“Where do you stand on…?” That’s a question political candidate get a lot, and for good reason. When a candidate is elected, they will be casting votes on a variety of issues, and it’s important for voters to have an idea of what those votes could look like. This is even more important for non-partisan and local level races where the issues aren’t always on a party line.
That’s a lot of homework to do before running for office, and while we would never expect candidates or elected officials to be experts in every policy area (because that would put the lobbyists out of work), there are a few ways to get up to speed on the issues in your community.
We believe so strongly in this that we actually dedicated an entire segment to campaign issues in the Get Ready To Run online training program. Check it out if you want to get a head start on your future campaign.
Ways to learn the issues:
- Subscribe to the local newspaper and READ IT – it might seem old school, but not only will it keep you up to speed on things going on in your community, often there is a reporter assigned to the local governments, making sure you’re aware of the big topics that are being heard.
- Attend community meetings – most communities have a variety of community groups, either sponsored by the local government or non-profits that hold meetings that are open to the public. Whether you are attending a meeting of the elected board, a designated community group or even a Rotary meeting, you will get a chance to learn about many of the issues and opportunities available in your community.
- Volunteer at a non-profit – if there’s a topic that interests you and you want to learn more, reach out to a local non-profit organization. Not only will this give you an opportunity to network in the community, you can see how a local problem is being addressed or where more help is needed.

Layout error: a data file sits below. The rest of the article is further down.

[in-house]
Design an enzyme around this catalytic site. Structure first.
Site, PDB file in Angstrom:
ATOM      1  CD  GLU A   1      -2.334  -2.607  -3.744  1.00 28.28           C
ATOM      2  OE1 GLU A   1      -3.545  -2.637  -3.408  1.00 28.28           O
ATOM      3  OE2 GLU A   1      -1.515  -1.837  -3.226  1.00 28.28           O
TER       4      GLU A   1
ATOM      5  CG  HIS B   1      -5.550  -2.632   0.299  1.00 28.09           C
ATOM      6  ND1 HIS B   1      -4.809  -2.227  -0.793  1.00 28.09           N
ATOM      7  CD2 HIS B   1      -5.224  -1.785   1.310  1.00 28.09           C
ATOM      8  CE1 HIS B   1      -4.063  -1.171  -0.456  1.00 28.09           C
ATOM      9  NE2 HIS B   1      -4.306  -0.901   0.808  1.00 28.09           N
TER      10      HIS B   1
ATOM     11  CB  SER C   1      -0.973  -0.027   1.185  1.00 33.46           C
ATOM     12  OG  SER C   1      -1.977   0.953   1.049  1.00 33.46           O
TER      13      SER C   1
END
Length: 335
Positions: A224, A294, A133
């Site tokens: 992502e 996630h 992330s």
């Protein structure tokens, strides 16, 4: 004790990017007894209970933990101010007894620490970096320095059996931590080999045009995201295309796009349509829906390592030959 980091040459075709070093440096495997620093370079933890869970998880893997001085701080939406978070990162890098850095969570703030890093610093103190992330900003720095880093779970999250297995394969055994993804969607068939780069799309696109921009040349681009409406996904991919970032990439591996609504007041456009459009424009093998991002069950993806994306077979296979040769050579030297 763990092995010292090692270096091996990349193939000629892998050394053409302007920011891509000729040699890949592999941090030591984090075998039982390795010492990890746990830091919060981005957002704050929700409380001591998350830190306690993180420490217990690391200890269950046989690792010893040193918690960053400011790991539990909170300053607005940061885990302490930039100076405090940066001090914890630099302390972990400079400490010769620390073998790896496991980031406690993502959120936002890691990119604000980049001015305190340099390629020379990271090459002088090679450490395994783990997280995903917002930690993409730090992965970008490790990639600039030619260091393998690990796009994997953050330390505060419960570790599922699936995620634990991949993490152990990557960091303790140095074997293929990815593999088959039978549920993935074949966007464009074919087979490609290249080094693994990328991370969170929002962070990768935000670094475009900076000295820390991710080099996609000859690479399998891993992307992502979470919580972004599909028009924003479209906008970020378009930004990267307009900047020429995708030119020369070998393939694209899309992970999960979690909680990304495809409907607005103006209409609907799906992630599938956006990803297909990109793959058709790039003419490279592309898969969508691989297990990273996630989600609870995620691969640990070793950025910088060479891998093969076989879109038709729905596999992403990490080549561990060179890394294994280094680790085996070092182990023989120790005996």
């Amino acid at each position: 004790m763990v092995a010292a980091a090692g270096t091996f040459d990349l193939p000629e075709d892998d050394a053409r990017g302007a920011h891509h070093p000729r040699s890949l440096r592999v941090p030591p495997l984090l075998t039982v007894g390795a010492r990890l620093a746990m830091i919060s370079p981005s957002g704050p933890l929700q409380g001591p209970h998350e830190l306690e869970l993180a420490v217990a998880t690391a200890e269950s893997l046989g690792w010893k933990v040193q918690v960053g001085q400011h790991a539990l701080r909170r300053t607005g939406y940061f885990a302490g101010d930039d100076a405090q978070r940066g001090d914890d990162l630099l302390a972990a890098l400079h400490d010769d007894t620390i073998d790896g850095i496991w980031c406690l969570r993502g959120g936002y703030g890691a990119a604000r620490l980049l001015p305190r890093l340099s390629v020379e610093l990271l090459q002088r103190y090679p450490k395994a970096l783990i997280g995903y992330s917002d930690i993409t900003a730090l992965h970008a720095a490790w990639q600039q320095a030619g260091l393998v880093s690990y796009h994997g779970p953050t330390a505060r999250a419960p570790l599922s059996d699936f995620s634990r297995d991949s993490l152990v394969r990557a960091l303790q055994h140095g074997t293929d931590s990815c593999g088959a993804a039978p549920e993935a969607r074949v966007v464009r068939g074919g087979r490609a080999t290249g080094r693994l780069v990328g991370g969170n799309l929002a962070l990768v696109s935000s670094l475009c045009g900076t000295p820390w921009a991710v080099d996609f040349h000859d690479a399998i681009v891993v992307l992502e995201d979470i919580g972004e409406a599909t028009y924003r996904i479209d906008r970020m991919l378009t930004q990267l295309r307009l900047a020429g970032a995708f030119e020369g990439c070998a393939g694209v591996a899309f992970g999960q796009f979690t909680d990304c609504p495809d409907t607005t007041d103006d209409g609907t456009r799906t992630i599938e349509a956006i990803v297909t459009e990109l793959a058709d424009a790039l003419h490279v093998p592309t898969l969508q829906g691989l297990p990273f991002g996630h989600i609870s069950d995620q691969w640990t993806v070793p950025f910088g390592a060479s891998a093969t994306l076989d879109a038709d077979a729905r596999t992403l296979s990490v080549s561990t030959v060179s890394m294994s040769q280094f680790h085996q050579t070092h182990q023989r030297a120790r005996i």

- Join a board or commission – many state and local governments have boards and commissions, and usually there are openings. These are appointed positions to work on specific topics, ranging from animal control to building permits. By joining a board or commission, you can learn about a function of the government as well as learn government processes, such as open meeting laws and how to run a meeting.
There are countless ways to get up to speed on the issues in your community. The most important thing is that you engage with an open mind and an eagerness to learn. To learn about community issues, the earlier you engage the more knowledge you will have when it’s time to put your name on the ballot, and that knowledge will help you better articulate your positions and answer questions about where you stand.